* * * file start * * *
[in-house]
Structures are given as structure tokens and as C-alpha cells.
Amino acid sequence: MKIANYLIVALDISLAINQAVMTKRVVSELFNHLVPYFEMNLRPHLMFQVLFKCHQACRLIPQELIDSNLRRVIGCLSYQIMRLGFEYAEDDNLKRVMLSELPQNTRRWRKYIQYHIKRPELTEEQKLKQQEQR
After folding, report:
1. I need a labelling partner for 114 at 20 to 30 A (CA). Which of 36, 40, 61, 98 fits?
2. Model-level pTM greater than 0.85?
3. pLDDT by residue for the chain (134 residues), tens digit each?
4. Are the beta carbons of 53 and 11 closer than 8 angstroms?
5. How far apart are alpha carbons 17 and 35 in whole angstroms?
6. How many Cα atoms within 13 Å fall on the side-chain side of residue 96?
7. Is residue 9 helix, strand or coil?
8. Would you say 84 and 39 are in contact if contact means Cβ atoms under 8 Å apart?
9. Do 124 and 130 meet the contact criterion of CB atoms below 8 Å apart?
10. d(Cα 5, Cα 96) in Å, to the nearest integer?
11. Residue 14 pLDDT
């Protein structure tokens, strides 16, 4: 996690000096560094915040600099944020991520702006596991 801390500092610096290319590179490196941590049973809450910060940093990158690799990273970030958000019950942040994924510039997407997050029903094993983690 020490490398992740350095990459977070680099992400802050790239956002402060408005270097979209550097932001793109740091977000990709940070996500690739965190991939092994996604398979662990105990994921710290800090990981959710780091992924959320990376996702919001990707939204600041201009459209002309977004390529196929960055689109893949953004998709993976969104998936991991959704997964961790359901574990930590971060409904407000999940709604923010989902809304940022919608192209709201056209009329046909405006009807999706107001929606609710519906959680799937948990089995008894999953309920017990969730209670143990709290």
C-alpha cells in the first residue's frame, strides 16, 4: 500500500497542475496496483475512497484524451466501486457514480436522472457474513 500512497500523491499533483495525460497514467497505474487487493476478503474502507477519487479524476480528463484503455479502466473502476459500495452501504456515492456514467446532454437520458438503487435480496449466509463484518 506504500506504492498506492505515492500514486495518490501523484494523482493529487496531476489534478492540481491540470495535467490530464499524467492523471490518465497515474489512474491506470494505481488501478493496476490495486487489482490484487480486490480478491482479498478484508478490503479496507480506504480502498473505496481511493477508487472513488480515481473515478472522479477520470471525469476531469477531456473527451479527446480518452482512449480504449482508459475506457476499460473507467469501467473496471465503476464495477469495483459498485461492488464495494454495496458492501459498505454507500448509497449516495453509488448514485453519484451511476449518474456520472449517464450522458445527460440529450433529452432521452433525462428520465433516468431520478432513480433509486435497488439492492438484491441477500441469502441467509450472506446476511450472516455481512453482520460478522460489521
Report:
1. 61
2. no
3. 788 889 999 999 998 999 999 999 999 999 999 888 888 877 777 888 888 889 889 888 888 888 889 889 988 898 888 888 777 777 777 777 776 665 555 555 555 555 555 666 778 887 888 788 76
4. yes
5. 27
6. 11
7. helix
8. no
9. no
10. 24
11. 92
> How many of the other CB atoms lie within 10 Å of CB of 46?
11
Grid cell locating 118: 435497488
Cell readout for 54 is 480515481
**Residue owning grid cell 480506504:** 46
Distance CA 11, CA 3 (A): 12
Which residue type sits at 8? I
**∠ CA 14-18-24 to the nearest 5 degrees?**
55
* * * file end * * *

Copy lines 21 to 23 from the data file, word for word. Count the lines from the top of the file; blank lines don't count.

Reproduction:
3. 788 889 999 999 998 999 999 999 999 999 999 888 888 877 777 888 888 889 889 888 888 888 889 889 988 898 888 888 777 777 777 777 776 665 555 555 555 555 555 666 778 887 888 788 76
4. yes
5. 27